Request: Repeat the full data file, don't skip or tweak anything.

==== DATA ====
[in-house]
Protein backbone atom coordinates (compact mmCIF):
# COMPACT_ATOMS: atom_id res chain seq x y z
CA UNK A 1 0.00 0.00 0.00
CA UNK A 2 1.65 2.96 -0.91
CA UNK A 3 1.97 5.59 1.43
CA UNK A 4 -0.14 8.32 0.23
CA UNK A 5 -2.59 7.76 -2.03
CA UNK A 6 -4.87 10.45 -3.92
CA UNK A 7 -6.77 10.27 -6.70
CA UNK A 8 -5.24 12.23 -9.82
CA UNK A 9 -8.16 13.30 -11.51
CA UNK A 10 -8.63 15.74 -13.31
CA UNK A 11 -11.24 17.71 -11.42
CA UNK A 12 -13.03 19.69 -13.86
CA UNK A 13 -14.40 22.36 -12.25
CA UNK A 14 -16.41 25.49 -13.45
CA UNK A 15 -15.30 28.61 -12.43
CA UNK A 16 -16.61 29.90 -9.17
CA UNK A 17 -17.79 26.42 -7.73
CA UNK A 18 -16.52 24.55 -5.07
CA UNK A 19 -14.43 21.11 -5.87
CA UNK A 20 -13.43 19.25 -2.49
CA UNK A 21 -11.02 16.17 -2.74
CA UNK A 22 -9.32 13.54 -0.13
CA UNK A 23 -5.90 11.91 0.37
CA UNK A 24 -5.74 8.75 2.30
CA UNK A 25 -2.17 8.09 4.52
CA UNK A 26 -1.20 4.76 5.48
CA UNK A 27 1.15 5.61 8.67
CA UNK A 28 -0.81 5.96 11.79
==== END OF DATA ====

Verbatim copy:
[in-house]
Protein backbone atom coordinates (compact mmCIF):
# COMPACT_ATOMS: atom_id res chain seq x y z
CA UNK A 1 0.00 0.00 0.00
CA UNK A 2 1.65 2.96 -0.91
CA UNK A 3 1.97 5.59 1.43
CA UNK A 4 -0.14 8.32 0.23
CA UNK A 5 -2.59 7.76 -2.03
CA UNK A 6 -4.87 10.45 -3.92
CA UNK A 7 -6.77 10.27 -6.70
CA UNK A 8 -5.24 12.23 -9.82
CA UNK A 9 -8.16 13.30 -11.51
CA UNK A 10 -8.63 15.74 -13.31
CA UNK A 11 -11.24 17.71 -11.42
CA UNK A 12 -13.03 19.69 -13.86
CA UNK A 13 -14.40 22.36 -12.25
CA UNK A 14 -16.41 25.49 -13.45
CA UNK A 15 -15.30 28.61 -12.43
CA UNK A 16 -16.61 29.90 -9.17
CA UNK A 17 -17.79 26.42 -7.73
CA UNK A 18 -16.52 24.55 -5.07
CA UNK A 19 -14.43 21.11 -5.87
CA UNK A 20 -13.43 19.25 -2.49
CA UNK A 21 -11.02 16.17 -2.74
CA UNK A 22 -9.32 13.54 -0.13
CA UNK A 23 -5.90 11.91 0.37
CA UNK A 24 -5.74 8.75 2.30
CA UNK A 25 -2.17 8.09 4.52
CA UNK A 26 -1.20 4.76 5.48
CA UNK A 27 1.15 5.61 8.67
CA UNK A 28 -0.81 5.96 11.79